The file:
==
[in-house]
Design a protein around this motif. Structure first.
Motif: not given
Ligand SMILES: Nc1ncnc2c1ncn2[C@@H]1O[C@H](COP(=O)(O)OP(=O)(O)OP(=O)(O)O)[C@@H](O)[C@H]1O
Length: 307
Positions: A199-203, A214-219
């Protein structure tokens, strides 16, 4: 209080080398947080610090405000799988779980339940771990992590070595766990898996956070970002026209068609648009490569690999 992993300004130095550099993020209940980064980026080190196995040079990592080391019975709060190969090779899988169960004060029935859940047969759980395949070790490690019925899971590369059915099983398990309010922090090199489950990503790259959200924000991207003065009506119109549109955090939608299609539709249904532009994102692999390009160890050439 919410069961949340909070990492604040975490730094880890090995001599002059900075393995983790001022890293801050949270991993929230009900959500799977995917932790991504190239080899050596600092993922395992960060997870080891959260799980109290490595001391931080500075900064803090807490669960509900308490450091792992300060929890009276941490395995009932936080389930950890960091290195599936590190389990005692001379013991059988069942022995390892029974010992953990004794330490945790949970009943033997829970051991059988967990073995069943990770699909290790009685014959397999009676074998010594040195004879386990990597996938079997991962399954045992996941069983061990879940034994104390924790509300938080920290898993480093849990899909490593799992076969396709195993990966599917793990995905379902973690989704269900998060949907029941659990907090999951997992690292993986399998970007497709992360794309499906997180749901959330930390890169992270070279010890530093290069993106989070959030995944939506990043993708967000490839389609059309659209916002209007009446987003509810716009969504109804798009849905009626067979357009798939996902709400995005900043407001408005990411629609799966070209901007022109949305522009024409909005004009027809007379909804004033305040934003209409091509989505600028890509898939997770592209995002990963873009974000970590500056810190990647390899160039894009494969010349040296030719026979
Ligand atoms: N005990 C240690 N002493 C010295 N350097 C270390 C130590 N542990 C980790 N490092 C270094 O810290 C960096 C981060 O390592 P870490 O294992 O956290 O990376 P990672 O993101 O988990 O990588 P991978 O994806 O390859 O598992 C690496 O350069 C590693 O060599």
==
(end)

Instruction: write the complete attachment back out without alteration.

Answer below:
[in-house]
Design a protein around this motif. Structure first.
Motif: not given
Ligand SMILES: Nc1ncnc2c1ncn2[C@@H]1O[C@H](COP(=O)(O)OP(=O)(O)OP(=O)(O)O)[C@@H](O)[C@H]1O
Length: 307
Positions: A199-203, A214-219
């Protein structure tokens, strides 16, 4: 209080080398947080610090405000799988779980339940771990992590070595766990898996956070970002026209068609648009490569690999 992993300004130095550099993020209940980064980026080190196995040079990592080391019975709060190969090779899988169960004060029935859940047969759980395949070790490690019925899971590369059915099983398990309010922090090199489950990503790259959200924000991207003065009506119109549109955090939608299609539709249904532009994102692999390009160890050439 919410069961949340909070990492604040975490730094880890090995001599002059900075393995983790001022890293801050949270991993929230009900959500799977995917932790991504190239080899050596600092993922395992960060997870080891959260799980109290490595001391931080500075900064803090807490669960509900308490450091792992300060929890009276941490395995009932936080389930950890960091290195599936590190389990005692001379013991059988069942022995390892029974010992953990004794330490945790949970009943033997829970051991059988967990073995069943990770699909290790009685014959397999009676074998010594040195004879386990990597996938079997991962399954045992996941069983061990879940034994104390924790509300938080920290898993480093849990899909490593799992076969396709195993990966599917793990995905379902973690989704269900998060949907029941659990907090999951997992690292993986399998970007497709992360794309499906997180749901959330930390890169992270070279010890530093290069993106989070959030995944939506990043993708967000490839389609059309659209916002209007009446987003509810716009969504109804798009849905009626067979357009798939996902709400995005900043407001408005990411629609799966070209901007022109949305522009024409909005004009027809007379909804004033305040934003209409091509989505600028890509898939997770592209995002990963873009974000970590500056810190990647390899160039894009494969010349040296030719026979
Ligand atoms: N005990 C240690 N002493 C010295 N350097 C270390 C130590 N542990 C980790 N490092 C270094 O810290 C960096 C981060 O390592 P870490 O294992 O956290 O990376 P990672 O993101 O988990 O990588 P991978 O994806 O390859 O598992 C690496 O350069 C590693 O060599």